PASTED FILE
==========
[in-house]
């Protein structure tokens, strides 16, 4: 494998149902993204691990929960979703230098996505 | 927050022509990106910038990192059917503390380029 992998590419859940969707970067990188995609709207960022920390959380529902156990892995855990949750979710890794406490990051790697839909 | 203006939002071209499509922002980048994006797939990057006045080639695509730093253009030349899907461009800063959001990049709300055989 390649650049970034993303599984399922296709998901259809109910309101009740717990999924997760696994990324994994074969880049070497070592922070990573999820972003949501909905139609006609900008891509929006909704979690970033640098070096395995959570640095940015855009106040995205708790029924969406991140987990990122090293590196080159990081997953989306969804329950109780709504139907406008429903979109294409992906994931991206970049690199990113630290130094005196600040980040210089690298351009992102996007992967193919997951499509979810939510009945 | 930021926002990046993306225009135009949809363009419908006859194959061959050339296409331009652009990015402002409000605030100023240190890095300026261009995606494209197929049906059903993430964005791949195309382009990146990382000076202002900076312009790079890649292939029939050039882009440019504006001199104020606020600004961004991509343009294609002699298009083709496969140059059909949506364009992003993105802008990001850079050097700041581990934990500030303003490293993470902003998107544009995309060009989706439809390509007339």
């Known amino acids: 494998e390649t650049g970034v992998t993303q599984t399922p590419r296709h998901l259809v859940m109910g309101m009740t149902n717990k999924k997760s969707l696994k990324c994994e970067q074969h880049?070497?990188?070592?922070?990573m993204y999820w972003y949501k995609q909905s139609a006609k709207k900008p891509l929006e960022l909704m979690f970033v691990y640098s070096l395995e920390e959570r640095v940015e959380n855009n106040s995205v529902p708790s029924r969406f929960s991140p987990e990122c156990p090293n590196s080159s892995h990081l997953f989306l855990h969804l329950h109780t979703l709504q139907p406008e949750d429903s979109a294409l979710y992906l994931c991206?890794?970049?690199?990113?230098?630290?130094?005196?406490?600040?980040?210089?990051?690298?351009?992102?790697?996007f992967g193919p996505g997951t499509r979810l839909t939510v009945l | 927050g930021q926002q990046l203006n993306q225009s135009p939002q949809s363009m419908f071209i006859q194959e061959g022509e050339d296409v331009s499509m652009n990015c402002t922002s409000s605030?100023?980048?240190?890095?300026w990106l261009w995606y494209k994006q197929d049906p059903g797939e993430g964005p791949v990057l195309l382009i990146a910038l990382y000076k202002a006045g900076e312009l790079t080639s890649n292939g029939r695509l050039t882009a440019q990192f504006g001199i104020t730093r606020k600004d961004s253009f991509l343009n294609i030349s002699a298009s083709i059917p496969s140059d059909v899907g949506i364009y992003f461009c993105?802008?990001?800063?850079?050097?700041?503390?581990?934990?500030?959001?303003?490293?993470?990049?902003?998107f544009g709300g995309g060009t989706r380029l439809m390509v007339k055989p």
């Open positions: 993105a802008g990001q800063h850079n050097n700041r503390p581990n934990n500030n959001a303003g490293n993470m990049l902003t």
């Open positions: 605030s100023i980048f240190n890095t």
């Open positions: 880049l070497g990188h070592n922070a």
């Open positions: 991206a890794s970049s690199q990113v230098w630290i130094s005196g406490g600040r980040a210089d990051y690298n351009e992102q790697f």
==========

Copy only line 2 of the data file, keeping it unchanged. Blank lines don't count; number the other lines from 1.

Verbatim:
């Protein structure tokens, strides 16, 4: 494998149902993204691990929960979703230098996505 | 927050022509990106910038990192059917503390380029 992998590419859940969707970067990188995609709207960022920390959380529902156990892995855990949750979710890794406490990051790697839909 | 203006939002071209499509922002980048994006797939990057006045080639695509730093253009030349899907461009800063959001990049709300055989 390649650049970034993303599984399922296709998901259809109910309101009740717990999924997760696994990324994994074969880049070497070592922070990573999820972003949501909905139609006609900008891509929006909704979690970033640098070096395995959570640095940015855009106040995205708790029924969406991140987990990122090293590196080159990081997953989306969804329950109780709504139907406008429903979109294409992906994931991206970049690199990113630290130094005196600040980040210089690298351009992102996007992967193919997951499509979810939510009945 | 930021926002990046993306225009135009949809363009419908006859194959061959050339296409331009652009990015402002409000605030100023240190890095300026261009995606494209197929049906059903993430964005791949195309382009990146990382000076202002900076312009790079890649292939029939050039882009440019504006001199104020606020600004961004991509343009294609002699298009083709496969140059059909949506364009992003993105802008990001850079050097700041581990934990500030303003490293993470902003998107544009995309060009989706439809390509007339």